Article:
> So what do you use the poles for, having removed the functional component?
not sure I understand what you are asking? They are used as walking poles obviously, the straps do nothing other than keep them attached to you. If you don't use the straps it makes no difference to the function of the pole if they are removed
In reply to blanchie14c: I use Aldi 'Crane Sports' ones. £7 they cost (each) and compared to Lekis look like a direcct copy identical in every respect. They have proved to be hard wearing and reliable.
> (In reply to imkevinmc)
> not sure I understand what you are asking? They are used as walking poles obviously, the straps do nothing other than keep them attached to you. If you don't use the straps it makes no difference to the function of the pole if they are removed
If used properly the straps take the weight through your wrists rather than having to grip so their much more comfortable and efficient.
To be fair I dont use the wrist straps on short bits of terrain when I think a fall is likely or I need a free hand.
BD z poles for me. It's a must for me that poles fold down and fit inside my bag.
> They are used as walking poles obviously, the straps do nothing other than keep them attached to you. If you don't use the straps it makes no difference to the function of the pole if they are removed
Depends how you use them I guess. If you use them XC skiing style (for forward propulsion) the straps are very important as you notice if you look at a fancy XC pole (skinny little handle, big, complex glove like strap). But of course hiking, particularly on rough ground you might actually hold over the top of the pole or grip grip ice tool style in which case the strap might be loose and not doing much.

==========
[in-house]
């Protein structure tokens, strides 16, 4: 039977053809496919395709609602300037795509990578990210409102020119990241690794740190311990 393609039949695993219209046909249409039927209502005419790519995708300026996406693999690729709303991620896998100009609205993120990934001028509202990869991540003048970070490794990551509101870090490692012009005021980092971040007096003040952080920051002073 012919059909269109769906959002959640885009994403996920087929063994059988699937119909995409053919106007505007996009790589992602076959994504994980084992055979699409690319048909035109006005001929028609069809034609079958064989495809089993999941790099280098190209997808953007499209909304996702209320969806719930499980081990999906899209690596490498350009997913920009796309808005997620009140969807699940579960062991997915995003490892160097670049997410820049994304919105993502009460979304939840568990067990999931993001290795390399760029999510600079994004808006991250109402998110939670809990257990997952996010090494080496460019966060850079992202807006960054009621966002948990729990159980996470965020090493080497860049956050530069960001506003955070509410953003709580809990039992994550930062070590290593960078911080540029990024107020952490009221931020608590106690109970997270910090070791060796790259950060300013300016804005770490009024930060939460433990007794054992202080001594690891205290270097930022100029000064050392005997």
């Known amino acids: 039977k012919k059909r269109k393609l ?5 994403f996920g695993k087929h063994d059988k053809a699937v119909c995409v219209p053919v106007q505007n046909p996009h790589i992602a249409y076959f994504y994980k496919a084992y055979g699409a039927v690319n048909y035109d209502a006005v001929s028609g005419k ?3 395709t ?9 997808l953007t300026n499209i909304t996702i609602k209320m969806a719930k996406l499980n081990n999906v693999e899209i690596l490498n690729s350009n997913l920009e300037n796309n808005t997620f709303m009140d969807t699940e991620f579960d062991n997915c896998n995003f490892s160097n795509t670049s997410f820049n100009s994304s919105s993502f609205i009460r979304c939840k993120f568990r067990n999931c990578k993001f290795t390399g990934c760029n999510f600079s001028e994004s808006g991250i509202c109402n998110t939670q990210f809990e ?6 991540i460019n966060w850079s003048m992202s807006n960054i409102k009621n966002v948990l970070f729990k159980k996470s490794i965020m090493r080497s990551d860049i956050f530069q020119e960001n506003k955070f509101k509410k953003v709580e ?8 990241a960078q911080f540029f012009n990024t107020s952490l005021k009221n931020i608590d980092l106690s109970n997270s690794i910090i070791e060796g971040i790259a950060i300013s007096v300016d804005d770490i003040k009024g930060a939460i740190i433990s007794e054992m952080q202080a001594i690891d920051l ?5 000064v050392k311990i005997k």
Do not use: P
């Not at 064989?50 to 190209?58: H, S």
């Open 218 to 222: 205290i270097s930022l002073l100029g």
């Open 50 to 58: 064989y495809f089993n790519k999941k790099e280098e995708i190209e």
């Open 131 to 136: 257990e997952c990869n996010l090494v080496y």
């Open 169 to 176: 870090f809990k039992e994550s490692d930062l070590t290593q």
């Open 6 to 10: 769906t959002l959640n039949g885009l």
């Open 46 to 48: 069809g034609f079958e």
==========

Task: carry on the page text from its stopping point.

> Thanks for the replies. As one to consider, how do people rate the BD Compactor poles?
As I said, really happy with mine. Only slight annoyance is the excess wrist strap webbing is a pain to tuck under the loop with big gloves on once it's been adjusted, but hardly a major problem.
I can see frozen flicklocks being a problem, but when they have frozen on me, a good banging seems to have sorted them out. A friend has an original pair from a few years ago which are still going strong. The current version is a bit heavier and beefier than the first model.
If you wanted lighter use poles, definitly the ultralite carbons. If weight wasn't an issue, I would probably go for an even stronger z lock like the expedition version (don't recall the name off the top of my head).